2018: A Rough Transition for Investors
Investors entered 2018 with calm markets and bullish sentiment. As the year played out, the markets became increasingly volatile, the S&P 500 experienced two 10%+ corrections, and investor sentiment changed to bearish. After nine comfortable years of low volatility and rising markets, 2018 reminded investors that corrections are a normal part of investing.
2018 Performance Heat Map
Source: Morningstar Direct. See indices listed in disclosures.
- Current range: 2.25-2.50%
- Fed indicating between 0-2 rate hikes in 2019
- “Core” consumer prices (excluding food and energy) rose 2.2% year-over-year
- Extremely low unemployment rate (3.9% as of December 2018)
- Continued its path downward since 2010
- Tight labor market
- U.S. economy grew by an estimated 2.9% annually, as measured by real GDP
- Moderation in existing home sales and housing starts
- Rates for 30-year mortgages climbed from about 4% to 4.5%
Crude Oil / Gas
- Boost in supply from the U.S., up 29.5% since 2015
- Price of a barrel of West Texas Intermediate (WTI) oil: $45.15 (as of December 2018)
- Corporate tax cut and deregulation boosted earnings in 2018
- EPS (earnings per share) growth for the S&P 500 was 23.9% in 2018
- Tariffs imposed doubled from previous year
- China trade war uncertainty
- USMCA trade agreement to replace NAFTA if it is ratified
- Trade weighted value (the U.S. dollar vs. other major currencies) rose about 5% in 2018
U.S. Federal Budget
- Increasing deficit: 3.8% of GDP
- Rising debt: 77.9% of GDP
Sources: St. Louis Federal Reserve, S&P Global, JP Morgan, Wells Fargo, Merk Research, DFA, Charles Schwab, bankrate.com
U.S. stocks entered 2018 continuing a nine-year bull run, steadily outpacing non-U.S. stocks over the last several years. This has led investors to the question: “Why invest outside of the U.S.?”
Here are just a few reminders why international stocks still make sense for the long-term.
- U.S. stocks don’t always outperform! Recall the “lost decade” (2000-2009) when the S&P 500 endured its worst 10-year performance.
- Including global stocks opens up opportunities for a different return set.
- Investing outside of U.S. large cap stocks provides diversification!
- Not investing in international stocks would result in excluding nearly half of the global market capitalization.
Why Ride Out Diversification?
This presentation of performance is hypothetical and was compiled to represent how a blended index portfolio would have performed from a risk and return perspective. The results were achieved by means of retroactive application of market index returns using static asset allocation weights for a diversified index portfolio. Index weights utilized in this report are available upon request. Throughout this analysis, dividends are assumed to be reinvested and no funds are withdrawn from the Index Portfolio. The Index Portfolio was rebalanced at the beginning of each calendar quarter. Each asset class is represented by the market index as listed below. Some indices were appended with similar indices where their inception date is after 1/1973.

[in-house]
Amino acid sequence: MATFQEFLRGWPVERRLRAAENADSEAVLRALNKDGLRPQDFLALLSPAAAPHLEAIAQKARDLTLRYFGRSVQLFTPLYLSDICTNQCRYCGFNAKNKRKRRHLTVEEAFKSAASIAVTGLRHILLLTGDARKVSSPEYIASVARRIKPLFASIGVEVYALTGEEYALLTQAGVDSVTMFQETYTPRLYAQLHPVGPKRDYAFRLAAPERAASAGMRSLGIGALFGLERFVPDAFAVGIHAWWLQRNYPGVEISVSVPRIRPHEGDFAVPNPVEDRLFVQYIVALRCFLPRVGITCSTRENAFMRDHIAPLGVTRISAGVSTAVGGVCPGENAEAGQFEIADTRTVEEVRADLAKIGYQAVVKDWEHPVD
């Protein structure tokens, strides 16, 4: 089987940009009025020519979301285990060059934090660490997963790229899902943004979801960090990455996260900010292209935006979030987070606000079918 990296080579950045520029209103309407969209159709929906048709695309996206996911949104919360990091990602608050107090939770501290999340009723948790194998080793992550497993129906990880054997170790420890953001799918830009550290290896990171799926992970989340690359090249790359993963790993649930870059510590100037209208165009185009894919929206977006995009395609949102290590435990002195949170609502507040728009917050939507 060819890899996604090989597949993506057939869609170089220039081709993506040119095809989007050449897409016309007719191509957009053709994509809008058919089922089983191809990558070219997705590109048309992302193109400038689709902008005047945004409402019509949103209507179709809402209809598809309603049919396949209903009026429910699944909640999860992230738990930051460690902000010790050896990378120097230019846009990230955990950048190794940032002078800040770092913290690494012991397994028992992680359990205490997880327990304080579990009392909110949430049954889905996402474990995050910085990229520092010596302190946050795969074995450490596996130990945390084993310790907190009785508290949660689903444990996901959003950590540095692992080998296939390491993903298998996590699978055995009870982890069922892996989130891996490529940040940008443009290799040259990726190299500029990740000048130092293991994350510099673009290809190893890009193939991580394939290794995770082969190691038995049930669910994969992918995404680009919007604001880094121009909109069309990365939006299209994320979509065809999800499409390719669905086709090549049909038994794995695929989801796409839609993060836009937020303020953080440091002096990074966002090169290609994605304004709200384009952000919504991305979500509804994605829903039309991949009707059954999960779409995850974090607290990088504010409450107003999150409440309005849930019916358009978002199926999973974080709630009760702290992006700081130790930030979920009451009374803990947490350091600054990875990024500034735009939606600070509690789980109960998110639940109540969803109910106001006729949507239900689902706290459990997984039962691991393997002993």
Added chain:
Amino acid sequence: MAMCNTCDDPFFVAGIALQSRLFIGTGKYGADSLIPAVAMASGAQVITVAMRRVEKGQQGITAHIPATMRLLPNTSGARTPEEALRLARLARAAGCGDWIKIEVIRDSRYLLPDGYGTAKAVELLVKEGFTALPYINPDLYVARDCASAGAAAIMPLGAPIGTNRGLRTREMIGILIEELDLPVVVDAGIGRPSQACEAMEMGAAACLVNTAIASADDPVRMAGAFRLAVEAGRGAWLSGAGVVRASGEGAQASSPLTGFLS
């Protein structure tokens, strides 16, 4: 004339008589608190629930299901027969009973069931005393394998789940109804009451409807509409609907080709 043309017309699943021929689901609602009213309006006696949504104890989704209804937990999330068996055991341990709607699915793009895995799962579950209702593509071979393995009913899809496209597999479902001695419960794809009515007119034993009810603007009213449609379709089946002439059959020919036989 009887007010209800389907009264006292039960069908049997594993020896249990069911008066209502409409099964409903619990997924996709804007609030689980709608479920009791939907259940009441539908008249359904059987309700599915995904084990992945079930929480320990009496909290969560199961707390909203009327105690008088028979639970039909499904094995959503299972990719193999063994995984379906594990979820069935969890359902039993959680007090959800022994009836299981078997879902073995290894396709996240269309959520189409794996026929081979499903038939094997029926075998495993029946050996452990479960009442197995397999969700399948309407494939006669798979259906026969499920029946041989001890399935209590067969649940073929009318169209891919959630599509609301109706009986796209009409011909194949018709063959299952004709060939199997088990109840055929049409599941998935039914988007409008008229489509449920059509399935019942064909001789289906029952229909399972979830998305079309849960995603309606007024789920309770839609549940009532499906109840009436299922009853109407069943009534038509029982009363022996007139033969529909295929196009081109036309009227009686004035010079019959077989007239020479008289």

Market return data from Morningstar Direct. Indices used (unless otherwise indicated): World Stock-MSCI ACWI IMI Index, U.S. Large Cap-S&P 500 Index, U.S. Large Value-MSCI U.S. Prime Market Value Index, U.S. Small Cap-Russell 2000 Index, U.S. Small Value-MSCI U.S. Small Value Index, Int’l Large-MSCI EAFE Index, Int’l Large Value-MSCI EAFE Value Index, Int’l Small-S&P EPAC Small Index, Int’l Small Value-S&P EPAC Small Value Index, Emerging Mkts-MSCI Emerging Markets Index, TIPS-ICE BofAML U.S. Treasury Inflation-Linked Securities Index, Short Bonds-BBgBarc U.S. Govt/Credit 1-3 Yr Index, Interm Bonds-BBgBarc U.S. Aggregate Bond Index, Int’l Bonds-JPM GBI Global Ex US Hdg Index, Global REITs-S&P Global REIT Index, Commodities-Bloomberg Commodity Index, Managed Futures-Credit Suisse Mgd Futures Liquid Index, Reinsurance-Swiss Re Global Cat Bond Index. Some indices have been appended prior to their inception date with similar indices in order to construct a full data set for time period.
Savant Capital Management is a Registered Investment Advisor. This information is not intended as personalized investment advice. The index returns herein assume reinvestment of all dividends and interest and do not reflect fees or expenses. Index portfolios reflected in this publication are not representative of any actual client returns. Savant’s marketing material should not be construed by any existing or prospective client as a guarantee that they will experience a certain level of results if they engage the advisor’s services. Please remember that past performance is not indicative of future results. Different types of investments involve varying degrees of risk, and there can be no assurance that the future performance of any specific investment, investment strategy, or product (including the investments and/or investment strategies recommended or undertaken by Savant Capital Management), or any non-investment related content, made reference to directly or indirectly in this handout will be profitable, equal any corresponding indicated historical performance level(s), be suitable for your portfolio or individual situation, or prove successful.